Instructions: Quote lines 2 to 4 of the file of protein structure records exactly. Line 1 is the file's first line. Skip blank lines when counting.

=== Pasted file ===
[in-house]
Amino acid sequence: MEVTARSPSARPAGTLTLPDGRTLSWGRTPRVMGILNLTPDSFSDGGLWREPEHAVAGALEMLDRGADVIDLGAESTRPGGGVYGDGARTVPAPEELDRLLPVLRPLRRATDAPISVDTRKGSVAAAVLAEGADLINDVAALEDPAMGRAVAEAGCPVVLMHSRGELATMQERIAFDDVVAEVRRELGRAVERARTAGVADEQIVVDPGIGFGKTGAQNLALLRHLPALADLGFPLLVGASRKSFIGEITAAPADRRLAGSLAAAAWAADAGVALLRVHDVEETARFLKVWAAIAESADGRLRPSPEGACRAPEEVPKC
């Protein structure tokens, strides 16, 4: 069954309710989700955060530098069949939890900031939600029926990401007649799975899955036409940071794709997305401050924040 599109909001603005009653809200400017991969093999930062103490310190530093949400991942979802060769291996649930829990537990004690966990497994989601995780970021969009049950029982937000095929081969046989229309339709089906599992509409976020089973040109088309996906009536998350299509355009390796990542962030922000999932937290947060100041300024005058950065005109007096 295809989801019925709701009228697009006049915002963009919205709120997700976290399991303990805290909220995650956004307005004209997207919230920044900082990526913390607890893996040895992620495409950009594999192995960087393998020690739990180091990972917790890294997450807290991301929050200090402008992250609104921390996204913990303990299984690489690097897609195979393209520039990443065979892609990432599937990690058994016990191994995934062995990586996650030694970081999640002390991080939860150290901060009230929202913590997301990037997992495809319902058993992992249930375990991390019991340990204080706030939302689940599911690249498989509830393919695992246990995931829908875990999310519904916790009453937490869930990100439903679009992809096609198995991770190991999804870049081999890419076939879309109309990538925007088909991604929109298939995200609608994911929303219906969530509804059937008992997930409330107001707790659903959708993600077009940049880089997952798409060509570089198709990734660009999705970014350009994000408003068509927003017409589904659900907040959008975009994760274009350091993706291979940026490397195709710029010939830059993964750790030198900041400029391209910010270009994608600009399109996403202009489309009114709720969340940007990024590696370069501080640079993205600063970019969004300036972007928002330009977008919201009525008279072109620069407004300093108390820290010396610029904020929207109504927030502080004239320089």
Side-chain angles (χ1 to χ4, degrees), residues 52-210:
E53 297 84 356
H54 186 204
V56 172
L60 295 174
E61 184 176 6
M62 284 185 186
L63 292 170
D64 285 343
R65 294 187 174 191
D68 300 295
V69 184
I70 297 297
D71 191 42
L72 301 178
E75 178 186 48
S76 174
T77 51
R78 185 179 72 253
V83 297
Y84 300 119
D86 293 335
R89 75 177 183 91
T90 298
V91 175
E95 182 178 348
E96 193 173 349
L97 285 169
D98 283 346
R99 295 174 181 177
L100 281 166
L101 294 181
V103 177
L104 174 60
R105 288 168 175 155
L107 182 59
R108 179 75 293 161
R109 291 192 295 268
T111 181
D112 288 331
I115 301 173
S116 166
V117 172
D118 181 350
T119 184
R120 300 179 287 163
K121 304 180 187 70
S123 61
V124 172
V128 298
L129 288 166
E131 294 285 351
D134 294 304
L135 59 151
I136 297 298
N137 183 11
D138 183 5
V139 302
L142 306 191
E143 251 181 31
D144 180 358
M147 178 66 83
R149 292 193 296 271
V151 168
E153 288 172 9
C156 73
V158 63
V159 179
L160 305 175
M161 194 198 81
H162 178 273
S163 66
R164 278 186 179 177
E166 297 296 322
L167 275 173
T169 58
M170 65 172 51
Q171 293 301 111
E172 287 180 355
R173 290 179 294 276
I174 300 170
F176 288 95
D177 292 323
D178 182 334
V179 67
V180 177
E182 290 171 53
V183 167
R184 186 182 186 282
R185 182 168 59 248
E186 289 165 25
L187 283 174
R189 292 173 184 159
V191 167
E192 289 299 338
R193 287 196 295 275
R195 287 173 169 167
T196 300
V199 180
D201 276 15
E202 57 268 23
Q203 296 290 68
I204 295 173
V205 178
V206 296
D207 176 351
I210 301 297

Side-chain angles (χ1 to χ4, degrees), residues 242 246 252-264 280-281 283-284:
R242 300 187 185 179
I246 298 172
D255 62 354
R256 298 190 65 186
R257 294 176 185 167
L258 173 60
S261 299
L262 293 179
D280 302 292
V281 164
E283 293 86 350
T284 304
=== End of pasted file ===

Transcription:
Amino acid sequence: MEVTARSPSARPAGTLTLPDGRTLSWGRTPRVMGILNLTPDSFSDGGLWREPEHAVAGALEMLDRGADVIDLGAESTRPGGGVYGDGARTVPAPEELDRLLPVLRPLRRATDAPISVDTRKGSVAAAVLAEGADLINDVAALEDPAMGRAVAEAGCPVVLMHSRGELATMQERIAFDDVVAEVRRELGRAVERARTAGVADEQIVVDPGIGFGKTGAQNLALLRHLPALADLGFPLLVGASRKSFIGEITAAPADRRLAGSLAAAAWAADAGVALLRVHDVEETARFLKVWAAIAESADGRLRPSPEGACRAPEEVPKC
């Protein structure tokens, strides 16, 4: 069954309710989700955060530098069949939890900031939600029926990401007649799975899955036409940071794709997305401050924040 599109909001603005009653809200400017991969093999930062103490310190530093949400991942979802060769291996649930829990537990004690966990497994989601995780970021969009049950029982937000095929081969046989229309339709089906599992509409976020089973040109088309996906009536998350299509355009390796990542962030922000999932937290947060100041300024005058950065005109007096 295809989801019925709701009228697009006049915002963009919205709120997700976290399991303990805290909220995650956004307005004209997207919230920044900082990526913390607890893996040895992620495409950009594999192995960087393998020690739990180091990972917790890294997450807290991301929050200090402008992250609104921390996204913990303990299984690489690097897609195979393209520039990443065979892609990432599937990690058994016990191994995934062995990586996650030694970081999640002390991080939860150290901060009230929202913590997301990037997992495809319902058993992992249930375990991390019991340990204080706030939302689940599911690249498989509830393919695992246990995931829908875990999310519904916790009453937490869930990100439903679009992809096609198995991770190991999804870049081999890419076939879309109309990538925007088909991604929109298939995200609608994911929303219906969530509804059937008992997930409330107001707790659903959708993600077009940049880089997952798409060509570089198709990734660009999705970014350009994000408003068509927003017409589904659900907040959008975009994760274009350091993706291979940026490397195709710029010939830059993964750790030198900041400029391209910010270009994608600009399109996403202009489309009114709720969340940007990024590696370069501080640079993205600063970019969004300036972007928002330009977008919201009525008279072109620069407004300093108390820290010396610029904020929207109504927030502080004239320089």
Side-chain angles (χ1 to χ4, degrees), residues 52-210: